Ahead of the government's expected announcement about changes to the structure of One-Child Policy enforcement in China, more voices are joining the chorus against the policy.
Liz Carter of Tea Leaf Nation noted in a post at The Atlantic that one delegate received widespread attention on Weibo (Chinese Twitter) when he spoke out against the One-Child Policy. He Youlin, a member of the delegation from Guangdong, said he has been concerned about China's demographic trends and would continue to fight restrictive family planning. Carter writes:
"Two years ago I raised this matter, and I raised it against last year. I will raise it again this year!" remarked He Youlin. "We must allow Chinese to have a second child. We cannot wait another minute." The top five comments on this Sina article, each receiving more than 500 "likes," expressed support for He's proposal.
...As recently as January of this year, the head of China's National Family Planning Commission affirmed that the policy was in place for the long term. In response to the statement, NPC delegate He Youlin said, "That isn't right. You can't consider such matters from the perspective of your professional department. You should think about it from the perspective of a people's development, of the future strategic development of our country."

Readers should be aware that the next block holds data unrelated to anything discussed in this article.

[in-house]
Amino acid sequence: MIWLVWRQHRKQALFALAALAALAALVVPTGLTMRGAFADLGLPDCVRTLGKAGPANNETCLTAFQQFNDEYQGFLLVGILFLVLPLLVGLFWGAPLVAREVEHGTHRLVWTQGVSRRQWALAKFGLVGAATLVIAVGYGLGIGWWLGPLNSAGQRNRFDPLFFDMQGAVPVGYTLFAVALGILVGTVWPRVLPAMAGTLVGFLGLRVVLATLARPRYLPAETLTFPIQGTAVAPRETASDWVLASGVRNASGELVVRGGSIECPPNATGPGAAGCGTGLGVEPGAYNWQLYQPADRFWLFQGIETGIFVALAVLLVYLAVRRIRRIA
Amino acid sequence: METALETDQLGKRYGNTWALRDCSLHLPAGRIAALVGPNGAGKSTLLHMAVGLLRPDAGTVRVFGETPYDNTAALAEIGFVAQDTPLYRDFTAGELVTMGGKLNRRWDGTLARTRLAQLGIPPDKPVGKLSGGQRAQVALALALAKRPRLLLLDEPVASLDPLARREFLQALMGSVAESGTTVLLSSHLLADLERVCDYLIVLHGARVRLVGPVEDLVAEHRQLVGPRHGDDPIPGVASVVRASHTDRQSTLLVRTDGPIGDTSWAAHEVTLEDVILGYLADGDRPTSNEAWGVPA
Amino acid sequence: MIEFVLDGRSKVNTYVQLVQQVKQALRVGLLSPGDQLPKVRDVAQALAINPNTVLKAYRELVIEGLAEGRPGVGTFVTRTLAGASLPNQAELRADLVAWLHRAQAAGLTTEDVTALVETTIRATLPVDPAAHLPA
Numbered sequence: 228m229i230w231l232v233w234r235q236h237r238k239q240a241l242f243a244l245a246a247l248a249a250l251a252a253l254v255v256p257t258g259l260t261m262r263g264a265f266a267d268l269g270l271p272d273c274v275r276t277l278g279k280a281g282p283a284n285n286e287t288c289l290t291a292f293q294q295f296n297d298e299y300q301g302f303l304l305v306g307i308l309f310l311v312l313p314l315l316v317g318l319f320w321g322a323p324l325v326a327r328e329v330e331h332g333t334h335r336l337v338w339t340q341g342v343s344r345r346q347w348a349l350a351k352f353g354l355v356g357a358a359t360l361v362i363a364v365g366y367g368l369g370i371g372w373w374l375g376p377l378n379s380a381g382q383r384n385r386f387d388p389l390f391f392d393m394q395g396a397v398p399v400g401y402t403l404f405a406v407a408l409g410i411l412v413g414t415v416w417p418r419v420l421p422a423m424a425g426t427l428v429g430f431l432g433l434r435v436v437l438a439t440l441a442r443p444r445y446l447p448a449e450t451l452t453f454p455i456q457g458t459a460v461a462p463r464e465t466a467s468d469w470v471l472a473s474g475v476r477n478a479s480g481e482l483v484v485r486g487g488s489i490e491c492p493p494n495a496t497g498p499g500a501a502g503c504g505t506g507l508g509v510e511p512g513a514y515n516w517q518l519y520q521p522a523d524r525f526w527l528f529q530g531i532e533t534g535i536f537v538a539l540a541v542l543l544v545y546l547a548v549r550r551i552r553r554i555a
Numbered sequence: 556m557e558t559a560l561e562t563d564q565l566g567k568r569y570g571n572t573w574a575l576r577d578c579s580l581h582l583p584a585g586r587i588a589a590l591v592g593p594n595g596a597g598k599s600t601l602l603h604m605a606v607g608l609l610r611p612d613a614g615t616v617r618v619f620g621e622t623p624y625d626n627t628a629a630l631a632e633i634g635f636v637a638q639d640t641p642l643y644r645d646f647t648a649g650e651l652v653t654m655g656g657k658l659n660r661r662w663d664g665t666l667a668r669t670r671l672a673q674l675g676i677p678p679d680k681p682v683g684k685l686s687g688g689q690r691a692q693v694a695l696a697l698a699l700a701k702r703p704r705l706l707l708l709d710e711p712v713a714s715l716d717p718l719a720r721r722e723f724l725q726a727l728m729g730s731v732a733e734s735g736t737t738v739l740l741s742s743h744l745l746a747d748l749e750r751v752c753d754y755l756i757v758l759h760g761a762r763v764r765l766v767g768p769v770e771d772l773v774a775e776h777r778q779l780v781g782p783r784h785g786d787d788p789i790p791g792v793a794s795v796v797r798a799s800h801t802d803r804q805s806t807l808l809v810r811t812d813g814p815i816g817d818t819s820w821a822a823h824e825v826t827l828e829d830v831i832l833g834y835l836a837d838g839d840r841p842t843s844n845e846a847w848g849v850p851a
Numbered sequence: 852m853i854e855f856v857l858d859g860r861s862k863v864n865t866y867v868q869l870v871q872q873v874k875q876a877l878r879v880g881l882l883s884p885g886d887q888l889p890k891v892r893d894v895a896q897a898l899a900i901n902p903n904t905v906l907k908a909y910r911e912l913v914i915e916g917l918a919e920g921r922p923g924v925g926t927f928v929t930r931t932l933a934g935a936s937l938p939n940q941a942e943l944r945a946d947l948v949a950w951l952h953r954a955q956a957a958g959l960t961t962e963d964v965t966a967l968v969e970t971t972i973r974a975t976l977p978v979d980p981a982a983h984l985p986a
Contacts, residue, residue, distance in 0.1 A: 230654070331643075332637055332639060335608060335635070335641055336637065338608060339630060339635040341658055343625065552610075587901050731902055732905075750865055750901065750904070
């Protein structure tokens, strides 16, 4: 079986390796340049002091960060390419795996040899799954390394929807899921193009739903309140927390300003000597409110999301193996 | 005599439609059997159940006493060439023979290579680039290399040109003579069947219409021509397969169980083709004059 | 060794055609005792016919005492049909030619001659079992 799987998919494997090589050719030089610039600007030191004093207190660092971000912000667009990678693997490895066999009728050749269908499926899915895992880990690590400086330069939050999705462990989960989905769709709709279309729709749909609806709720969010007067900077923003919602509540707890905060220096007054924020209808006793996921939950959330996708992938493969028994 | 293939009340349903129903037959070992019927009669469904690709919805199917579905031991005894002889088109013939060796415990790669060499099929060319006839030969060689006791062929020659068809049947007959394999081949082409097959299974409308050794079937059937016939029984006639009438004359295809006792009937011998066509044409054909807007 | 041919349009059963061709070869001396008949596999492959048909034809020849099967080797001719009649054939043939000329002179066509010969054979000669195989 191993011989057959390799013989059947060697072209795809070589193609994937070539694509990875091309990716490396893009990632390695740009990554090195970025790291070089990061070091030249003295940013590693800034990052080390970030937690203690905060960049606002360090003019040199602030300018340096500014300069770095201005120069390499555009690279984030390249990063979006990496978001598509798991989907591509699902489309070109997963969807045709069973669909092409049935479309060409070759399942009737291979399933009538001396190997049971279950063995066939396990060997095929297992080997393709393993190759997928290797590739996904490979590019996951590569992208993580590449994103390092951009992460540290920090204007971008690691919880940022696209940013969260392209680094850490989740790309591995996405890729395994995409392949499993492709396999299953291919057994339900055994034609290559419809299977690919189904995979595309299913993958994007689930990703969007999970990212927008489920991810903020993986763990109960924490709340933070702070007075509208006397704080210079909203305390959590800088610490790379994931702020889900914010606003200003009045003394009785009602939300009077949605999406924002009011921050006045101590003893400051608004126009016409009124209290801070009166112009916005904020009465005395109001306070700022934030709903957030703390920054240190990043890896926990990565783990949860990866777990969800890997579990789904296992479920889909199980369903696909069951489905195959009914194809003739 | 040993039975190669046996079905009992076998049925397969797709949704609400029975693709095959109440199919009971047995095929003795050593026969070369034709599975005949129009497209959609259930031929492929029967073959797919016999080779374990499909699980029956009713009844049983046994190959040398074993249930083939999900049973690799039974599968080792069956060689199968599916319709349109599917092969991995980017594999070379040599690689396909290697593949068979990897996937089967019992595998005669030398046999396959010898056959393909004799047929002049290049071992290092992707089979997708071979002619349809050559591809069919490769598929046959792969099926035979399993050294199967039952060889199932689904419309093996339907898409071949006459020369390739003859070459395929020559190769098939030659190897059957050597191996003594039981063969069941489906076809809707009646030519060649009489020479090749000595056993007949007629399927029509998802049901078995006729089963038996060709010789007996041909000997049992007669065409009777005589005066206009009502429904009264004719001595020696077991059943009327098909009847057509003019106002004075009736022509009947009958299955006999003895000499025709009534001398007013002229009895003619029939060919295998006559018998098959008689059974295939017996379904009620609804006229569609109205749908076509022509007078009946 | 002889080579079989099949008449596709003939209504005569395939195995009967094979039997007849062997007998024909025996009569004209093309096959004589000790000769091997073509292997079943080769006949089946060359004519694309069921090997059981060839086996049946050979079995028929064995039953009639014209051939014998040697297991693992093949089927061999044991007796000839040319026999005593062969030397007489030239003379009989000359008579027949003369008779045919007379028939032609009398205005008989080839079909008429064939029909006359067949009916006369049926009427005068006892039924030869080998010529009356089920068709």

It may be that the government department responsible for brutally enforcing the One-Child Policy will be merged with another very soon. Chinese media have reported that the government will announce its proposed changes to to the Family Planning Commission's structure on Sunday, and they may publicize changes to the One-Child Policy as well.
This week, reporters pelted Wang Pei'an, Vice Minister of Family Planning, with questions as he attended the National People's Congress. They asked him if the government would roll out changes to the One-Child Policy.
"Time will tell," said Mr. Wang. He noted that restrictions had been eased in Shanghai, Tianjin, and five provinces (Liaoning, Jilin, Jiangsu, Anhui and Fujian), where a couple may now have two children if only one of the parents is from a single-child family. (Previously, couples were only eligible for a second child if both parents were only-children.) But such small measures are unlikely to satisfy delegates like He Yuolin and others who are increasingly frustrated with the One-Child Policy and its impact on China.
Australian professor Rob Brooks wrote a piece this week that highlighted some of the growing concerns about China's gender imbalance under the One-Child Policy:
China is already feeling the effects of so many bare branches. The economist Lena Edlund estimates that every one percent increase in the sex ratio results in a six percent increase in the rates of violent and property crime. In addition, the parts of China with the most male-biased sex ratios are experiencing a variety of other maladies, all tied to the presence of too many young men. Gambling, alcohol and drug abuse, kidnapping and trafficking of women are rising steeply in China. ...It would be difficult to overstate the urgent need for China to emulate South Korea in eliminating sex-biased abortion and neglect.
Brooks pointed to the following chart to show the increase in China's gender imbalance over time:
The need is certainly urgent, so let's keep praying that God would embolden more and more delegates to voice opposition to the One-Child Policy!
(Image: Ed Jones, AFP/Getty Images)
by Kat Lewis, All Girls Allowed
The Brookings Institution
September 24, 2010
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